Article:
Rhino vs Plasticity For Entertainment Industry Concept Art

Hi there,

I am an artist in the entertainment industry, specifically, VFX and games. I would like to inquire from experienced users of Rhino whether Rhino would be suitable for my needs. I have no experience with Rhino. All of my work is created with polygons inside Maya or sculpting packages such as zBrush and Mudbox. This post is not to suggest Plasticity is better than Rhino. I do not know either. I am simply trying to understand if Rhino would be a suitable option for me.

It has been brought to my attention that artists in my industry who primarily design and model hard surface assets, such as guns, cars, mechs, armour, etc, have been shifting from Fusion 360 to Plasticity due to its ease of use. Plasticity offers the freedom to create shapes that are otherwise very challenging with traditional polygonal modelling.

Would Rhino be suitable for free form shape creation? Are shapes easily manipulated, adjustable, etc? I would mostly be using this to concept assets that would then later be converted to polygons by hand inside Maya.

One thing that led me to investigate Rhino is that it has a node graph, which I believe is called Grasshopper. It appears that procedural techniques can be leveraged during the design and creation process, which is very beneficial. I understand that Rhino is also a more mature software compared to Plasticity, so I assume it may be more feature rich.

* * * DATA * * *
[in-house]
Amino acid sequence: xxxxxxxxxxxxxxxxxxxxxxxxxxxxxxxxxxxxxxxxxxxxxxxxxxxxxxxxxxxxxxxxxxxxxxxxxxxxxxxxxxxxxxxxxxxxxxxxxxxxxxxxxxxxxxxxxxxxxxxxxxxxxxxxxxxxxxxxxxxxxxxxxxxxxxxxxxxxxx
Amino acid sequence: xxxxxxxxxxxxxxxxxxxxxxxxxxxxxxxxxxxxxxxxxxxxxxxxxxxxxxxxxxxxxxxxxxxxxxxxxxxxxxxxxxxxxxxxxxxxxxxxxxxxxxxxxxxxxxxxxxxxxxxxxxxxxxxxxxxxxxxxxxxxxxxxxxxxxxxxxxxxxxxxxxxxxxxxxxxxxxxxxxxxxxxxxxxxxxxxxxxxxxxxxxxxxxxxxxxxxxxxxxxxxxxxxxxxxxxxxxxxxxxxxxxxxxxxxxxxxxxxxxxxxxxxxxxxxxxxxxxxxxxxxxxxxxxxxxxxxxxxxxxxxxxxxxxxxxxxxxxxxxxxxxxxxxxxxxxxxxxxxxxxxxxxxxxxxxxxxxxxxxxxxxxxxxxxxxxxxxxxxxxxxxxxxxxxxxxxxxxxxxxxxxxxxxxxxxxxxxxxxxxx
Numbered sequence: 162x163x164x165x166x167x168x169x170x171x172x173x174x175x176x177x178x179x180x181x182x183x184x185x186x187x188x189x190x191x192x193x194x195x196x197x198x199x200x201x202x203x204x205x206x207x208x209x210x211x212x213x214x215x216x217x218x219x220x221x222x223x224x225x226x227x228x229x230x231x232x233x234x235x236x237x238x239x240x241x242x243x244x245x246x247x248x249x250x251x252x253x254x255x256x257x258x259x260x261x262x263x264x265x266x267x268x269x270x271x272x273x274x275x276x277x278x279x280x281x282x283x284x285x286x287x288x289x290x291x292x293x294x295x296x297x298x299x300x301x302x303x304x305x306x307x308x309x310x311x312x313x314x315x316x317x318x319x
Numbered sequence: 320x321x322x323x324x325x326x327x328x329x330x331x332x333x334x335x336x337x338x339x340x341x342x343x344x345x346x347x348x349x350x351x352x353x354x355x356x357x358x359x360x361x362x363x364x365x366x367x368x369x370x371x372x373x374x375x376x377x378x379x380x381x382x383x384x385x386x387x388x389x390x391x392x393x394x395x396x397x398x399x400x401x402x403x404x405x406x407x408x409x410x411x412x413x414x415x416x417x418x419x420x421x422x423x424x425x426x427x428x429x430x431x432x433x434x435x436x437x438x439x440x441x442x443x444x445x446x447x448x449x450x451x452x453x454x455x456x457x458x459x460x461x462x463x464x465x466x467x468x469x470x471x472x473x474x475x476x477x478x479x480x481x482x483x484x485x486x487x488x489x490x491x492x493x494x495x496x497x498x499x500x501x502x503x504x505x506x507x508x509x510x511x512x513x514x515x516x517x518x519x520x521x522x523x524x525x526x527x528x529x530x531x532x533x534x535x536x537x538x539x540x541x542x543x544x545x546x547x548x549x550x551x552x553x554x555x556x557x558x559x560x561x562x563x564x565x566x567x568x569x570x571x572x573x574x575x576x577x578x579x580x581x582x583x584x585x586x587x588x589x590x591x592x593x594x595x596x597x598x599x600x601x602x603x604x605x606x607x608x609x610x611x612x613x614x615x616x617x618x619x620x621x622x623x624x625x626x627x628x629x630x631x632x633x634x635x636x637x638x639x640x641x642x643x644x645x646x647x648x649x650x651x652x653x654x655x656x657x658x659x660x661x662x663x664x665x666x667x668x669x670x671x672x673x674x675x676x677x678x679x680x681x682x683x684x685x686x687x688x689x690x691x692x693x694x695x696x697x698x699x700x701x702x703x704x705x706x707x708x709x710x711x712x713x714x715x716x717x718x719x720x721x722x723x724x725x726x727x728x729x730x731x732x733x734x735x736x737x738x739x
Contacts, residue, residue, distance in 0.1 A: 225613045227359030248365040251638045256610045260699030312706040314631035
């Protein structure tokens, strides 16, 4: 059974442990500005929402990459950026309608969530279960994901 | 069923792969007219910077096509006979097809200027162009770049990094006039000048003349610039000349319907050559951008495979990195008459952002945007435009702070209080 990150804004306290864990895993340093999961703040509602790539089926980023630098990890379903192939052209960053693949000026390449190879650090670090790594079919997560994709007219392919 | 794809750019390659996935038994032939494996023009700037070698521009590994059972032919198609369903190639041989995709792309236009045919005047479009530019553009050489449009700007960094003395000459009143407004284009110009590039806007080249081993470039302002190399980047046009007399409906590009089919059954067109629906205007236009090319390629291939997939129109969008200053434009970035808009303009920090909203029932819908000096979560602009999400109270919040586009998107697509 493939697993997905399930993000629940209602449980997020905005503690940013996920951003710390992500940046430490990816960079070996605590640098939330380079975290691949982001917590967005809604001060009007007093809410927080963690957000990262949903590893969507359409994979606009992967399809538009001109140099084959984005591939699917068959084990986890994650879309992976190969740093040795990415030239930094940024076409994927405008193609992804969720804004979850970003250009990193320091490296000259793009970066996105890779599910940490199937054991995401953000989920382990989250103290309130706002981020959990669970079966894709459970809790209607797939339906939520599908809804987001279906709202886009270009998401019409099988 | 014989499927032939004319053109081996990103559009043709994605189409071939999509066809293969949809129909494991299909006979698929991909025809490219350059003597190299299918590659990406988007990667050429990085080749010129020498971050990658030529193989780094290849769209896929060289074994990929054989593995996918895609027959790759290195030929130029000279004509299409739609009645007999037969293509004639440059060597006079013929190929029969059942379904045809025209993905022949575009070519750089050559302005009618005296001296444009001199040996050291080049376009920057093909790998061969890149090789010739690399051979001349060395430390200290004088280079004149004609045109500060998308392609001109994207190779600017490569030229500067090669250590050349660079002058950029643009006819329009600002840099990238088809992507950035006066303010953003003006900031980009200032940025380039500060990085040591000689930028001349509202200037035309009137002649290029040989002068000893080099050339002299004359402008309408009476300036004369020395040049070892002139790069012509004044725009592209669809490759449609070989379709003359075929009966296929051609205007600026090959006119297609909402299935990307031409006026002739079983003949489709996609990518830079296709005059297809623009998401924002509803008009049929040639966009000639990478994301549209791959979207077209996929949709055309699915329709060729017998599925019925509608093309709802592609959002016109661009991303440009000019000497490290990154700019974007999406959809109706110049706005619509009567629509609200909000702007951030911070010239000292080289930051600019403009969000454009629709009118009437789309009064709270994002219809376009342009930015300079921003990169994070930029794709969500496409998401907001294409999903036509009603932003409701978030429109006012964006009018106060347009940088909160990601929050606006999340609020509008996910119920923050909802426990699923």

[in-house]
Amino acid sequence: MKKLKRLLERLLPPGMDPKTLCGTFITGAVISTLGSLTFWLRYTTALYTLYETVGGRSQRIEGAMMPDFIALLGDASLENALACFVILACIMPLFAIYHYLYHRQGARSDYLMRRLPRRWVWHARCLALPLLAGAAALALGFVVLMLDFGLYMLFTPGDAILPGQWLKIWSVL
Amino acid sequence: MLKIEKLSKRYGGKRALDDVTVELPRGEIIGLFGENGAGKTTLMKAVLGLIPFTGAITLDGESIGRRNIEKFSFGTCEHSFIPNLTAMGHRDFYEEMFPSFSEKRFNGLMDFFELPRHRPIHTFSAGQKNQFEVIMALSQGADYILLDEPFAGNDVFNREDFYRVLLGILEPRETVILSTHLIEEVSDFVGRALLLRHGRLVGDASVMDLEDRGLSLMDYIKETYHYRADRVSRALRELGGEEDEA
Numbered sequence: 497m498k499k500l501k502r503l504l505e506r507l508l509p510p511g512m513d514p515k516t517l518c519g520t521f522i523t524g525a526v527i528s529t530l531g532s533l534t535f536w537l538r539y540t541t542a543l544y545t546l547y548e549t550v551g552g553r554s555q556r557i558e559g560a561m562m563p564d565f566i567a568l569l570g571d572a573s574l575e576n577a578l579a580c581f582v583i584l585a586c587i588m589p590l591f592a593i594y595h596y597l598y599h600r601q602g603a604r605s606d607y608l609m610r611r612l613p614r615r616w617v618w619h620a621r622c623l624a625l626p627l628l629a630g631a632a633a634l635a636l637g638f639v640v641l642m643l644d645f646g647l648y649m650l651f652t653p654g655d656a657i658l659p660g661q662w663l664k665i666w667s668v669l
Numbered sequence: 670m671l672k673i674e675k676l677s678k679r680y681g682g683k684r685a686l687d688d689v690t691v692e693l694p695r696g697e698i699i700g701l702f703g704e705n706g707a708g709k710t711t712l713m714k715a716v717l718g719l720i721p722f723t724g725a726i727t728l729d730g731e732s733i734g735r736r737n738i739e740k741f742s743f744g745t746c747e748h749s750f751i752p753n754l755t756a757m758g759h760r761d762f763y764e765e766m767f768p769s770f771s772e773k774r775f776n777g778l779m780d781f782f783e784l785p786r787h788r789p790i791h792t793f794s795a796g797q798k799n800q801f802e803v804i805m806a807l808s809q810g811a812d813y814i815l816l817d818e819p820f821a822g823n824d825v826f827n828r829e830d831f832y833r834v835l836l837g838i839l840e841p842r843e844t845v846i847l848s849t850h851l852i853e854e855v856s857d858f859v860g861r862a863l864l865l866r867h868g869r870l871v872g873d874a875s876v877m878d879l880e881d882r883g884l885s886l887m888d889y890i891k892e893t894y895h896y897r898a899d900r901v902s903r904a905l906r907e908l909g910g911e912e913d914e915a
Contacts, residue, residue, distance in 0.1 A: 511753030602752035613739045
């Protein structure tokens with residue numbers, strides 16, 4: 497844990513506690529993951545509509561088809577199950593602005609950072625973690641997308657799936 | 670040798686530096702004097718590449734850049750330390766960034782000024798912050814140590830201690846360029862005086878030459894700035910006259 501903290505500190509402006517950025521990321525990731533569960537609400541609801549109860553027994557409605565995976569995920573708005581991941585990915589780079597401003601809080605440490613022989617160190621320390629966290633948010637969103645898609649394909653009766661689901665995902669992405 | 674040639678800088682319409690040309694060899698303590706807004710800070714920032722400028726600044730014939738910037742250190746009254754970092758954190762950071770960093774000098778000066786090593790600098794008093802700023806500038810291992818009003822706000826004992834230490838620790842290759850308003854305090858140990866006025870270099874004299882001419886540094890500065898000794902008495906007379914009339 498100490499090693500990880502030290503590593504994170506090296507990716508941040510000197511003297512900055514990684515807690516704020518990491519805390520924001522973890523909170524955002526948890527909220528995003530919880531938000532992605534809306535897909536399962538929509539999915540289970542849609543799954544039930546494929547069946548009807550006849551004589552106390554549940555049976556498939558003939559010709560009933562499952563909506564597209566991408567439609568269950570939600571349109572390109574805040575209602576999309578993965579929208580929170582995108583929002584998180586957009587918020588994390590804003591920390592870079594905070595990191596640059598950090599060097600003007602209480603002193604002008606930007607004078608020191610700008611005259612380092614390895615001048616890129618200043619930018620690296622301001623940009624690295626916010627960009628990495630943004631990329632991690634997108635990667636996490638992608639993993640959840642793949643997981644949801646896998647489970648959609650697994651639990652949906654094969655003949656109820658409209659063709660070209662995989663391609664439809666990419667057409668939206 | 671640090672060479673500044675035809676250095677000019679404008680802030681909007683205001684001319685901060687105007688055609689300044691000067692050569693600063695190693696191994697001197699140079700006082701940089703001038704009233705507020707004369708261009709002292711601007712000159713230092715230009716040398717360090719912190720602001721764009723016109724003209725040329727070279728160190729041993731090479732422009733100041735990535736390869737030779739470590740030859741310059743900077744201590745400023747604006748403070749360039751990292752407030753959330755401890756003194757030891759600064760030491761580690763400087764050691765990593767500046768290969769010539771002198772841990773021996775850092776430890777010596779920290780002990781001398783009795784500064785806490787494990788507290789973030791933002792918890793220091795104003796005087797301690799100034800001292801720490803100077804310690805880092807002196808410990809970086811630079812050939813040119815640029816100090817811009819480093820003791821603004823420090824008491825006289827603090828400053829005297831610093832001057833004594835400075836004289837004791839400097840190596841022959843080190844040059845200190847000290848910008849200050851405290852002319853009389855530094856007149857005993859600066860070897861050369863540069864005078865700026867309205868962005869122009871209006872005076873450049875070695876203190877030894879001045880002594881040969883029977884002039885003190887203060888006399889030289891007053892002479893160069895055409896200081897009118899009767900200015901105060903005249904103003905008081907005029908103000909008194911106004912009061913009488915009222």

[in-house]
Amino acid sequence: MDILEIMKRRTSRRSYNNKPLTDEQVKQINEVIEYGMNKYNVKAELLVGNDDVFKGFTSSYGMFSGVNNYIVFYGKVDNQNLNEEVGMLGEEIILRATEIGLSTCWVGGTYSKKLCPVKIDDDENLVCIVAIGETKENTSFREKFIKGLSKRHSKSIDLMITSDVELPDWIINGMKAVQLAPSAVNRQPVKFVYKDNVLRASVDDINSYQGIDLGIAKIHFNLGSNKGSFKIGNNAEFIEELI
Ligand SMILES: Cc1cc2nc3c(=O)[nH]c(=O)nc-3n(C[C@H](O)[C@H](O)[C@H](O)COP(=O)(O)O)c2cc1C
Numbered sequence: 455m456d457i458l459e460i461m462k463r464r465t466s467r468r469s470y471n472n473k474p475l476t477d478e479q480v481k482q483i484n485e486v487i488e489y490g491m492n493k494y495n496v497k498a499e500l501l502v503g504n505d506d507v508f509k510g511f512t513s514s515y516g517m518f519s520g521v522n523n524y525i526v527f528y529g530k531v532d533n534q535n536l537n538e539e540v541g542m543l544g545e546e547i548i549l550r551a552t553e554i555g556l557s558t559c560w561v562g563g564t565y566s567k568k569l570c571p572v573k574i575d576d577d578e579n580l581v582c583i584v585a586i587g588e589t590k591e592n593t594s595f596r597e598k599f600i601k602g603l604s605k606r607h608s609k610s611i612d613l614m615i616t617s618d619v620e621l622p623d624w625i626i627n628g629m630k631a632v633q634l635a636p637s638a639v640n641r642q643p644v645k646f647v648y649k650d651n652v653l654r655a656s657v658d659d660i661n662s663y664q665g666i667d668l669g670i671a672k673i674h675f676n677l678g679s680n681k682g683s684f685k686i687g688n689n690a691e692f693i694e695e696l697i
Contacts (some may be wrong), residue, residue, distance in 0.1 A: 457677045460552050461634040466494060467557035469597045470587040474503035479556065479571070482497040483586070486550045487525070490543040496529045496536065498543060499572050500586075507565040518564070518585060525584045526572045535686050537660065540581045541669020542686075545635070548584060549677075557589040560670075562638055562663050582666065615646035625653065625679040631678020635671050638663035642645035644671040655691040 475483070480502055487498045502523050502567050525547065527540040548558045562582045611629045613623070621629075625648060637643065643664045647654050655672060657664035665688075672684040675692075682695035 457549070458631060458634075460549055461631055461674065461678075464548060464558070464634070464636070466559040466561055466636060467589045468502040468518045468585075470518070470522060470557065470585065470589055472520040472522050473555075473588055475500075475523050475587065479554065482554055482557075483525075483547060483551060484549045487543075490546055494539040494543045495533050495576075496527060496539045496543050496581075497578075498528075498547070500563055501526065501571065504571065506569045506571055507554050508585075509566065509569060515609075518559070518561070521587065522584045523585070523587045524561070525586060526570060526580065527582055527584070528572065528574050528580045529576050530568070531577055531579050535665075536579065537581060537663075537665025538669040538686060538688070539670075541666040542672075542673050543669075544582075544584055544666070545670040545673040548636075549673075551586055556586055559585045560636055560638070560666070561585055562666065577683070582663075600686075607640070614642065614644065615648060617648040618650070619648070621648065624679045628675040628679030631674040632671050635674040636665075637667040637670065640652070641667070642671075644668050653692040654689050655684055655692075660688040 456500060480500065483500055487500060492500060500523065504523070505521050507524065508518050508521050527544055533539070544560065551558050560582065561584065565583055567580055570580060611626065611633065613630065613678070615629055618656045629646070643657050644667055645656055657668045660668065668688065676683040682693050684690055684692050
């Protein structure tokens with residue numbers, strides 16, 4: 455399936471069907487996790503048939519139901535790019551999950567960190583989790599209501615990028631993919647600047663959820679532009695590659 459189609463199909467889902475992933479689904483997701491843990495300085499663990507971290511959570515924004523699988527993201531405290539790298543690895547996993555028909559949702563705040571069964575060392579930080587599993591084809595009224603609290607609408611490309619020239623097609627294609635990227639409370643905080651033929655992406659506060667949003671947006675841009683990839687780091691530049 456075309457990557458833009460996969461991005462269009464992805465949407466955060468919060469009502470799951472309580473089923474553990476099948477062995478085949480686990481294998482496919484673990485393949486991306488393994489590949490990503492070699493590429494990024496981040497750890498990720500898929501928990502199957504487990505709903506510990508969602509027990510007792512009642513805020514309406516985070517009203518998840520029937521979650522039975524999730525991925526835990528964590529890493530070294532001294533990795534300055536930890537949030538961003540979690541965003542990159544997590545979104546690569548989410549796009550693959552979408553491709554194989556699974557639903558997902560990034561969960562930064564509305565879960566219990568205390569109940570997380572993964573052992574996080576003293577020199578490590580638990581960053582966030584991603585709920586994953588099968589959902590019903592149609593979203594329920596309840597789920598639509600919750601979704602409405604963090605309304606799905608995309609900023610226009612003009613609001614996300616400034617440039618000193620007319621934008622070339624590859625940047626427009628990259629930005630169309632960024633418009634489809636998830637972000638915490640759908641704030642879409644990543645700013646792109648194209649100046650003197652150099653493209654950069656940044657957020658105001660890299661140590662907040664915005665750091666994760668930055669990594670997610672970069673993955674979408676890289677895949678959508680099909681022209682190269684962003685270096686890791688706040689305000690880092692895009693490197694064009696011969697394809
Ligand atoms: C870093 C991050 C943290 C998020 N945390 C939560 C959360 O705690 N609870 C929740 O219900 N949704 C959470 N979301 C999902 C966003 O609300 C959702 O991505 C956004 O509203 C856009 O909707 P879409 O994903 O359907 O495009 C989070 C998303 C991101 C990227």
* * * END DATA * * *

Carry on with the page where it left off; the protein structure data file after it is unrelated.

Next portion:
Thank you for any insight you can provide on this topic.

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Hi @Jonny_M

You would be comfortable working in Rhino as it’s os is more like Maya’s than Plasticity’s is.
The great thing about Rhino would be if you wanted to make real world models out of your work then one can’t live without Rhino. It’s the best for making “real” things. Like if you had to make assets for film that become props or sets or for crafting real toys.

Plasticity is cheaper and since you’re not building models that will be fabricated Plasticity might be the better bet. Also V8 is currently in “birth” so it might or might not be buggy.

But if you need to fabricate models Rhino is the best. Also Rhino has decent documentation ability to create PDFs for clients easily and do pretty decent rendering. Grasshopper might or might not have a steep learning curve for you but it is an amazing add-in that ships with Rhino. Making things parametric for a complex model though is not that easy and is pretty time consuming. I model for VFX, animation and games and I found that many times making a model parametric in Gh is just too time consuming. But many times I do partial parametric models that I can update more quickly though GH fanatics would say that’s a bad definition.